She tried to buy the building in 2012, but Sykes Capital outbid her in an auction.
“He bought it for silly money, she said. “I was devastated.”
“Wealthy family”: Why Sykes Capital said no
Responding to Ms Wall’s comments, Sykes Capital has confirmed it offered no concessions to The Funky Barnet.
Mr Strong said: “The reason for this is that the lease is guaranteed by a wealthy family, who also own and lease a number of real estate assets in the town.
“When we were approached by the family to provide concessionsm we confirmed we did not feel this appropriate in these circumstances and after this they paid the rent twice, demonstrating they had ample funds to adhere to their lease commitments.”
Ms Wall’s mother, Lynne Pyke, who is the guarantor for the business, laughed off suggestions she is wealthy, saying she is a landlord for just a couple of units.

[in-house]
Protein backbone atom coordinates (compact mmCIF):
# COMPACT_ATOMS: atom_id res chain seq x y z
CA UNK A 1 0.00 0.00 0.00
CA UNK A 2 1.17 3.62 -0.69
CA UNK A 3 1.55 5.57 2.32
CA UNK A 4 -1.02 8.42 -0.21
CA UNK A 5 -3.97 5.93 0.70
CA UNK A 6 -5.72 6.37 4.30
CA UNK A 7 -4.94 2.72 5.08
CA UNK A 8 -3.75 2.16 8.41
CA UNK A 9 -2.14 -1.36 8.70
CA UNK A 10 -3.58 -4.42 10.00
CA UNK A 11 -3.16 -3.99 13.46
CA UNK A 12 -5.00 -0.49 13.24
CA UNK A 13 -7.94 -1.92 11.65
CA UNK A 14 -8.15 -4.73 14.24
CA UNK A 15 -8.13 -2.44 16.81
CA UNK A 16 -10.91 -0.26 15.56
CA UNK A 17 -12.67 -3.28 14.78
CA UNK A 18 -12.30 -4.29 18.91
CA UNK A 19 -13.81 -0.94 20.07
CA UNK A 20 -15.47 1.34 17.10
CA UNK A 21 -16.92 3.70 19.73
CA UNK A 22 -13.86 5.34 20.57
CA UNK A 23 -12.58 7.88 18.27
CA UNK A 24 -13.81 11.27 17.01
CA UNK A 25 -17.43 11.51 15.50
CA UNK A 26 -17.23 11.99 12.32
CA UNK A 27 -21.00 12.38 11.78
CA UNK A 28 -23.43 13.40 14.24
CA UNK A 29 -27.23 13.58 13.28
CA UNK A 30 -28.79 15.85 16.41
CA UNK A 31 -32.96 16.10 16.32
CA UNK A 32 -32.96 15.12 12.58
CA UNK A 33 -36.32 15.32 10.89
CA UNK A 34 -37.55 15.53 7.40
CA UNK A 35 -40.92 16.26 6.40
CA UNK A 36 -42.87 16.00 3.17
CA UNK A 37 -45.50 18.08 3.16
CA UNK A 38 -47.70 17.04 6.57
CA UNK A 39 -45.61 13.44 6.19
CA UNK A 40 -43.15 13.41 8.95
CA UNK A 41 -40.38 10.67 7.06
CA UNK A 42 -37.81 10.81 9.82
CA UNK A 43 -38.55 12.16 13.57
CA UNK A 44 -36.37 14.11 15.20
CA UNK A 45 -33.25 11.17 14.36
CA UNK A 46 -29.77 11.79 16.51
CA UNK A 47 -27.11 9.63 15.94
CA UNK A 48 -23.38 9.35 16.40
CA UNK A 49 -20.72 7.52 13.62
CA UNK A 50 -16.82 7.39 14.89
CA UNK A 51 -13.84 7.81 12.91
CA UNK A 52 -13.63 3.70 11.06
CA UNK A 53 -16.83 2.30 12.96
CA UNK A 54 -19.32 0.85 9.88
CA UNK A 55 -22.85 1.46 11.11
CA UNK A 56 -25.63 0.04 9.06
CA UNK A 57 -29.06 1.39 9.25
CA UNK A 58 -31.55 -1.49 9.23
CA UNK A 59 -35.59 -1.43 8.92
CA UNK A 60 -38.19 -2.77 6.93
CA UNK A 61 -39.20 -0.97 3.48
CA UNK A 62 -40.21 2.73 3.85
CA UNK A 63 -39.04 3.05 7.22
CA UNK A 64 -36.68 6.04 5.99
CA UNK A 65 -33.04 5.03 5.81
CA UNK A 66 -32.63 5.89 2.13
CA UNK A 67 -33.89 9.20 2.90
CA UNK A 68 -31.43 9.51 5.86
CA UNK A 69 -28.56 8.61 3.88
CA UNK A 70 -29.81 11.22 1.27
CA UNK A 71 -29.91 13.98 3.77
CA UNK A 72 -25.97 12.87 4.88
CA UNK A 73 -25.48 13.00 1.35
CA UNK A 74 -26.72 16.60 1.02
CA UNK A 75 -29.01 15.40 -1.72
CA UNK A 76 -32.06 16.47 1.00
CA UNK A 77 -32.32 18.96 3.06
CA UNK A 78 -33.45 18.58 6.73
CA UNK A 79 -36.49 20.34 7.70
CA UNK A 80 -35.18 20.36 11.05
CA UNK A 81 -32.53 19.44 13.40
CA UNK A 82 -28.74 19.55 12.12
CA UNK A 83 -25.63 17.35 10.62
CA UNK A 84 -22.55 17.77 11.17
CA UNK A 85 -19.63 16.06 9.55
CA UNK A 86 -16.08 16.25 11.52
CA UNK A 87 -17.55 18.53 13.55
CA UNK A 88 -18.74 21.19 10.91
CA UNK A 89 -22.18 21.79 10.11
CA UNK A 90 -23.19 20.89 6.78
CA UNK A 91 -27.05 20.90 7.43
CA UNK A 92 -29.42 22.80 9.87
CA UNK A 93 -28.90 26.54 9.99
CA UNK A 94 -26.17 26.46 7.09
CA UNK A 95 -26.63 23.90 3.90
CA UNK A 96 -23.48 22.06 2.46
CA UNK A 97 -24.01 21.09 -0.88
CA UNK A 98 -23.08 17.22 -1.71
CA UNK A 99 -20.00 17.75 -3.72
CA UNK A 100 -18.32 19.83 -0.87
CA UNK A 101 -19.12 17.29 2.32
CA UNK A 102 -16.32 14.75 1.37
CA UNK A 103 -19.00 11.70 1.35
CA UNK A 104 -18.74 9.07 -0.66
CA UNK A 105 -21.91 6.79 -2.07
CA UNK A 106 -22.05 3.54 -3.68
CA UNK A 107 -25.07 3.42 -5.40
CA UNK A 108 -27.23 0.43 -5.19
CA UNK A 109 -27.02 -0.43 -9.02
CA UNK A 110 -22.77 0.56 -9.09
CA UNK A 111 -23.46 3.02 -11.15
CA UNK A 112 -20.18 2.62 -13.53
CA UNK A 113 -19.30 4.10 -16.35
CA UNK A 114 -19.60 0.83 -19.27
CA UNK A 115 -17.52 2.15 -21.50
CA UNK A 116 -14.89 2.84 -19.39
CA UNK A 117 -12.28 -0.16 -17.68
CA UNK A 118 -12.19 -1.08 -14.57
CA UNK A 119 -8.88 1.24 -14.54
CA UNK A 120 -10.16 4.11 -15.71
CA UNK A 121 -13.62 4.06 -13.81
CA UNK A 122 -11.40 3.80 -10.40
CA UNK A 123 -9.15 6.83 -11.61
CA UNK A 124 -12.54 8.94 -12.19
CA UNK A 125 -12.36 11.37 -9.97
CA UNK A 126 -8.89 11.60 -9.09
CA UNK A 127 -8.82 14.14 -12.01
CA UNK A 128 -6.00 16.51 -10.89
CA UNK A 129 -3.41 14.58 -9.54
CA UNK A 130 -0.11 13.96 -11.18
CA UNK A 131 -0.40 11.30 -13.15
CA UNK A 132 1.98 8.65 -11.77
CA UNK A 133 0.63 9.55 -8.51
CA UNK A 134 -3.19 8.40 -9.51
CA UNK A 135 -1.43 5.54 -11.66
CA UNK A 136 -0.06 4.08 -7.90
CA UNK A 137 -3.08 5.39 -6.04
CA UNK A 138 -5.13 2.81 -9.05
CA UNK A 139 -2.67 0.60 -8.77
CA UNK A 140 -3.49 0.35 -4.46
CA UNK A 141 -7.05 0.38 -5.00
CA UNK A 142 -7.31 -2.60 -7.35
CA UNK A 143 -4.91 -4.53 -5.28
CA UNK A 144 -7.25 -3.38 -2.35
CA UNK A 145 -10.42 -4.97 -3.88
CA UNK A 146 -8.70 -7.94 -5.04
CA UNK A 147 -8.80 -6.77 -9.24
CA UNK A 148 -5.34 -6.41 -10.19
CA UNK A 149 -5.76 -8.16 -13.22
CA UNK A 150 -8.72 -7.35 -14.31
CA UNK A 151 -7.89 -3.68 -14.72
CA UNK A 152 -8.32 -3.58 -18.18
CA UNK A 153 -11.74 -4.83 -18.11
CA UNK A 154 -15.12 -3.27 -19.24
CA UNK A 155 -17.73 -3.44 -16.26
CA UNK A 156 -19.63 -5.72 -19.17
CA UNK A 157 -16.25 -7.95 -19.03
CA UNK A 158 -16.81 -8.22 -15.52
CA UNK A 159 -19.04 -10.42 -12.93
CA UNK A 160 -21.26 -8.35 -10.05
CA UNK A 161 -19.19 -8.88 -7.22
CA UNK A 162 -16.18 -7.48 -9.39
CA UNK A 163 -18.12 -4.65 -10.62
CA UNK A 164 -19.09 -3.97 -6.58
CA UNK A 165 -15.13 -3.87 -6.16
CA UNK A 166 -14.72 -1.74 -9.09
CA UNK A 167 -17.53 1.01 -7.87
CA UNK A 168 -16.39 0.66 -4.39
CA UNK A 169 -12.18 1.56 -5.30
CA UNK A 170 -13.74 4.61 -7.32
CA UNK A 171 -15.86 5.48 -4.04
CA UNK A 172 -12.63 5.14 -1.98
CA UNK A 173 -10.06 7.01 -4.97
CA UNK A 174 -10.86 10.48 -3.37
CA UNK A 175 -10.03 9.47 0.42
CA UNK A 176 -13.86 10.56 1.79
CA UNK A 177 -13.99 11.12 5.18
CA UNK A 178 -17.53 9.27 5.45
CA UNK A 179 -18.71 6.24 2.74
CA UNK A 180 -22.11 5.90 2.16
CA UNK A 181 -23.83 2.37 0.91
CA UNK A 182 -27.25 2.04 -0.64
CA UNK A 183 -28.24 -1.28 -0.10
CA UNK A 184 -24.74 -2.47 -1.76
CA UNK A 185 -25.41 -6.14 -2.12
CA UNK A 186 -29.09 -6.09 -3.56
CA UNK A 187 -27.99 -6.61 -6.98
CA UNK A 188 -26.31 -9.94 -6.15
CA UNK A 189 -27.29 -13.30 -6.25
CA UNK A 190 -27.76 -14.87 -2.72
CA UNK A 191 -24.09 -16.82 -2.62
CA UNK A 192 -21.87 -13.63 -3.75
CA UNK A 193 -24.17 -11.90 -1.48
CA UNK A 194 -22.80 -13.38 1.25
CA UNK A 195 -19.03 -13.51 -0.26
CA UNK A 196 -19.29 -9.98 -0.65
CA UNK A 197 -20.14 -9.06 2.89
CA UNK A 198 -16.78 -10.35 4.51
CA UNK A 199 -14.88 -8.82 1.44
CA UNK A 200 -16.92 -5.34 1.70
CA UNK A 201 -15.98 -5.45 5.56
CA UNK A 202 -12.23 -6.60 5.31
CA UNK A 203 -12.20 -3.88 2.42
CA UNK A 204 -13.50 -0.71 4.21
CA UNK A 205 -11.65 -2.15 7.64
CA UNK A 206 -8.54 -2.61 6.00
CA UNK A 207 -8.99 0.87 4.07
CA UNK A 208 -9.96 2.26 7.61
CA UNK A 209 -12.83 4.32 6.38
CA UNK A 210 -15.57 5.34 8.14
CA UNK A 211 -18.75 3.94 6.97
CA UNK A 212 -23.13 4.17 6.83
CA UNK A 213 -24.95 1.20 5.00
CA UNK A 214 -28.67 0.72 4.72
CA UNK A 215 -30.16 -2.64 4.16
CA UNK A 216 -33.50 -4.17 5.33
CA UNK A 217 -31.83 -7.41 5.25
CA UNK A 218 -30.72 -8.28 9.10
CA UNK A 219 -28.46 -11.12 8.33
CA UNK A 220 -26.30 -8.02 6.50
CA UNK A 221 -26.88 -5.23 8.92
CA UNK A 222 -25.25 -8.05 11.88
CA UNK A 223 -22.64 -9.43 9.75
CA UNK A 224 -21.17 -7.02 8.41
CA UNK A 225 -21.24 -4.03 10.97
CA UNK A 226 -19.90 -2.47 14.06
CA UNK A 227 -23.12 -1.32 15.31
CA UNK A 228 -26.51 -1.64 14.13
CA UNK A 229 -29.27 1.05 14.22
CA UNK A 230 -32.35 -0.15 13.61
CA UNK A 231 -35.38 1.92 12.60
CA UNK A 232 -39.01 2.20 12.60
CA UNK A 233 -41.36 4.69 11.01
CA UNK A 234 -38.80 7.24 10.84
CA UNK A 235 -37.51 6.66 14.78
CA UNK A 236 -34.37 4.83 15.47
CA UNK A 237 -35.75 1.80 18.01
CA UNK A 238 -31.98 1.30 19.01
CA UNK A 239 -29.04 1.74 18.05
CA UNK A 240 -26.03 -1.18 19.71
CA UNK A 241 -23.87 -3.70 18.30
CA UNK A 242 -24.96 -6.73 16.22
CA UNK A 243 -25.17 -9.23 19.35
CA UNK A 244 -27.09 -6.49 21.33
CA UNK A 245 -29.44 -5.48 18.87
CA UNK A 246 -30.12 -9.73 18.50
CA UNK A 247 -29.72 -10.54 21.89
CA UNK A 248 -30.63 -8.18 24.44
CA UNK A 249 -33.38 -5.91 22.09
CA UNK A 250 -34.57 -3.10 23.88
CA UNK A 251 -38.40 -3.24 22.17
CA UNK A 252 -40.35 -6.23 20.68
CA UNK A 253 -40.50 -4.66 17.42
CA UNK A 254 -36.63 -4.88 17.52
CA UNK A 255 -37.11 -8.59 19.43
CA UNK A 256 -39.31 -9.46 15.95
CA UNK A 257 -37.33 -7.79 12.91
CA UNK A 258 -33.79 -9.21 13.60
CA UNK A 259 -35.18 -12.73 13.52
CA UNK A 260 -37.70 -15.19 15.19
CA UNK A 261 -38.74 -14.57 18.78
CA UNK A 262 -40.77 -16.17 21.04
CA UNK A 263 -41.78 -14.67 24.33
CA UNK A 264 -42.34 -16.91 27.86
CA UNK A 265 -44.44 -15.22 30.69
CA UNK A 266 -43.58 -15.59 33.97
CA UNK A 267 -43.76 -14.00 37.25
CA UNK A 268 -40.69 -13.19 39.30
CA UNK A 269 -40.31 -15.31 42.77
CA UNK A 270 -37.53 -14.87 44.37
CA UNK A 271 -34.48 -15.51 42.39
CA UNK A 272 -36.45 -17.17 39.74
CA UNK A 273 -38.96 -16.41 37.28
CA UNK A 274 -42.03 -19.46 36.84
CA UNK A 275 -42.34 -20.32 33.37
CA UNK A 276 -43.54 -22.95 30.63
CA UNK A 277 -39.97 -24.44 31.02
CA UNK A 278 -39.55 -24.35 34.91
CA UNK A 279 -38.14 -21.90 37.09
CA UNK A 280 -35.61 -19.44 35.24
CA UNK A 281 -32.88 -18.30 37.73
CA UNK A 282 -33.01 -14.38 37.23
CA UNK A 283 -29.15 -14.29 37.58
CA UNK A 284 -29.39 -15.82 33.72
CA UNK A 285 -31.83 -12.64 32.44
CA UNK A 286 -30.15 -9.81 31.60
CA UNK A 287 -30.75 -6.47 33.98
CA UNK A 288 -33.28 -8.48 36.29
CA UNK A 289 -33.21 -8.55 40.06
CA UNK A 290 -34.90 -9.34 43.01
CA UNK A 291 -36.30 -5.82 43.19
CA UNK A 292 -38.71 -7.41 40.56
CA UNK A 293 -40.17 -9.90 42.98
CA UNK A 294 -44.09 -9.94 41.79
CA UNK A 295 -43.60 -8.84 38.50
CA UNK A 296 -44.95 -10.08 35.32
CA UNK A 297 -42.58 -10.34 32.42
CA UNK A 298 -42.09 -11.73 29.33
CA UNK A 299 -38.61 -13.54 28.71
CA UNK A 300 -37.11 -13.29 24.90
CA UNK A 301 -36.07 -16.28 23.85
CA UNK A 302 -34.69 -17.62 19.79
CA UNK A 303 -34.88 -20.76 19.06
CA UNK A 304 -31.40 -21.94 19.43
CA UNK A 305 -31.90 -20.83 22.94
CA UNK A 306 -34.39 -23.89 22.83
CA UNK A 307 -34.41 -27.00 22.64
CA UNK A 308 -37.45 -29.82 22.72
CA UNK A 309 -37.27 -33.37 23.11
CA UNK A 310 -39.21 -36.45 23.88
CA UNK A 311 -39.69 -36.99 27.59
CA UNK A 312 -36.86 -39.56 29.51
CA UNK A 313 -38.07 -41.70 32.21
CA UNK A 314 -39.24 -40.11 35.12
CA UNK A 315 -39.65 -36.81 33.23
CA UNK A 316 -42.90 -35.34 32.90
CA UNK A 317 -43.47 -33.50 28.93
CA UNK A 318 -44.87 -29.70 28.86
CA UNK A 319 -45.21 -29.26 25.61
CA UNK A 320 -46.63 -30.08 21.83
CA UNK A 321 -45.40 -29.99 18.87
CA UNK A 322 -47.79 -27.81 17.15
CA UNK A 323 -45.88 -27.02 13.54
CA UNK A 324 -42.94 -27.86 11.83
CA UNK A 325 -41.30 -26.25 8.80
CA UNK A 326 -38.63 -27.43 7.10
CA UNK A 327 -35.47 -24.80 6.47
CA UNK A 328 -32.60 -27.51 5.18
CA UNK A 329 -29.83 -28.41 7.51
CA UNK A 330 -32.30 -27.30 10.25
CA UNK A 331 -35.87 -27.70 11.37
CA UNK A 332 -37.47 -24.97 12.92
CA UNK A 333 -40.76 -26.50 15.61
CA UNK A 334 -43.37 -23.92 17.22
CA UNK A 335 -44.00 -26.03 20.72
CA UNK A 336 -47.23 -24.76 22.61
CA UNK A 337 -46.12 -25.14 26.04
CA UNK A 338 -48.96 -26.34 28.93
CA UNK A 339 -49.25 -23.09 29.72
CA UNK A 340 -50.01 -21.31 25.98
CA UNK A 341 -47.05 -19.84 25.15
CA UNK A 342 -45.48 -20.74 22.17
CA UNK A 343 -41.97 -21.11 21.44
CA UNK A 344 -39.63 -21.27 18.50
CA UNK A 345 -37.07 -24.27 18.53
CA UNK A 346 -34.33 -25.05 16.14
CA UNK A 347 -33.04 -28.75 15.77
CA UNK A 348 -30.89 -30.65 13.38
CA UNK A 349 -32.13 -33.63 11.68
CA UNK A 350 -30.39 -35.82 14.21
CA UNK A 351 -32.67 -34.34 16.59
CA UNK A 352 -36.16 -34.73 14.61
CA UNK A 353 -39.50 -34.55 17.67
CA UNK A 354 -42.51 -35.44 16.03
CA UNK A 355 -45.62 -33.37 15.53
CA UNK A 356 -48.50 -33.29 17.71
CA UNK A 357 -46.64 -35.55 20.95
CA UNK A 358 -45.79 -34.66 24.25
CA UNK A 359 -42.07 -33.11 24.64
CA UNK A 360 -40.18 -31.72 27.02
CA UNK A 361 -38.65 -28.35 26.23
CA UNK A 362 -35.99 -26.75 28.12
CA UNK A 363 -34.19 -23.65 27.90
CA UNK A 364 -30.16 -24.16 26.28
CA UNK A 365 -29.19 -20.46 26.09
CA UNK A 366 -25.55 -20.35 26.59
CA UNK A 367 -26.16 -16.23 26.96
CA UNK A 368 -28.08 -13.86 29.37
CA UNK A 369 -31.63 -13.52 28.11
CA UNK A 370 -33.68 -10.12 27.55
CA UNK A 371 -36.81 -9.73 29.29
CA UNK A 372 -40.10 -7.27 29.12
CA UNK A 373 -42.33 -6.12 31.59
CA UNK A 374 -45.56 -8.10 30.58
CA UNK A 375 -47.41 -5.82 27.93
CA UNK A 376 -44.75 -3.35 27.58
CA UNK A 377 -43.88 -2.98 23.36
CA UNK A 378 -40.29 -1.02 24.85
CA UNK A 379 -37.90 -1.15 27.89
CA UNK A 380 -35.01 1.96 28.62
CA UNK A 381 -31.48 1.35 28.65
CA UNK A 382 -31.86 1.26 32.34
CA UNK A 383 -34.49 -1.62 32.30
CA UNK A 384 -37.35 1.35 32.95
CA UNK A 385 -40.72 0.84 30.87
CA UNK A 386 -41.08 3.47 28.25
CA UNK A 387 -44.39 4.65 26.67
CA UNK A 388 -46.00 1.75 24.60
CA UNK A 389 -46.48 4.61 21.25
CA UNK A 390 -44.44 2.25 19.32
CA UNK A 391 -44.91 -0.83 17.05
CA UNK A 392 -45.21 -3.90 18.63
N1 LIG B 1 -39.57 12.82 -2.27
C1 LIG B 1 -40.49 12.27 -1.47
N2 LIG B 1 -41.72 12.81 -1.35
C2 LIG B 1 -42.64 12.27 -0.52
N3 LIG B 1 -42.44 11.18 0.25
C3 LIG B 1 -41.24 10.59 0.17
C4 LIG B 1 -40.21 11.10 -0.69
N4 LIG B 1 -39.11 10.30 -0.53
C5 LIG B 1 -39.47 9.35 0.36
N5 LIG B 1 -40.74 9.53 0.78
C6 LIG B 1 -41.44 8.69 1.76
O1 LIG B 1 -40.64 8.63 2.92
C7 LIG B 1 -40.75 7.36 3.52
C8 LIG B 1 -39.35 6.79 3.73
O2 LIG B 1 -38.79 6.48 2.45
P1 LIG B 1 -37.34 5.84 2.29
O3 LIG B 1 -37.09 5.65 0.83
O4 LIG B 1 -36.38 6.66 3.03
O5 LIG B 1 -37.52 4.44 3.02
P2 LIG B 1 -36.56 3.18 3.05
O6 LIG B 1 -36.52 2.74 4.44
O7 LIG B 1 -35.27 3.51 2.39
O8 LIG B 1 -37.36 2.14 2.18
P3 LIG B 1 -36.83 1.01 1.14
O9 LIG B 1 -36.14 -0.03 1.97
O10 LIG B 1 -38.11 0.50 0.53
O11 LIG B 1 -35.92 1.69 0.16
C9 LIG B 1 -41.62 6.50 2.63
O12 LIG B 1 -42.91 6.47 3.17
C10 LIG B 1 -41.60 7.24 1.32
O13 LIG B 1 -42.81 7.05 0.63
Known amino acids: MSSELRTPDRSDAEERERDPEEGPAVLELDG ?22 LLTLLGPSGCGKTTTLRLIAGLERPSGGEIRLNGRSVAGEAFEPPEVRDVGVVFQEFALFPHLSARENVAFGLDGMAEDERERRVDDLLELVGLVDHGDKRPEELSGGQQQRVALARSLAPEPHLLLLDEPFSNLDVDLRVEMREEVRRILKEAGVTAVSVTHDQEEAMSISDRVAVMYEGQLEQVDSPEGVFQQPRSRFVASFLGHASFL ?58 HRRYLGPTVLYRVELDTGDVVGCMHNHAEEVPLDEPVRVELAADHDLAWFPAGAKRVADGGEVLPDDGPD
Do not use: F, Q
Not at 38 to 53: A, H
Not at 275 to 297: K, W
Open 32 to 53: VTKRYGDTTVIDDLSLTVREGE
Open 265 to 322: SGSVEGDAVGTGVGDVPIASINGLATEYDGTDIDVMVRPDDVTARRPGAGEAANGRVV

Ms Pyke said she spoke to John Sykes on the phone, who she says told her Sykes Capital would not sell 14 Wokingham Road to her because her daughter “went to the papers”.
According to Ms Pyke, John Sykes said: “With every breath in my body I would not sell it to you or your daughter”.
In response, Mr Strong, CEO of Sykes Capital, said: “These comments are incorrect and misleading.”
The company reiterated its desire not to get involved in a public dispute with the press.
Ms Wall is also engaged in a dispute with co-tenant Donovan Bailey, who runs a music studio in the same building, at 14 Wokingham Road.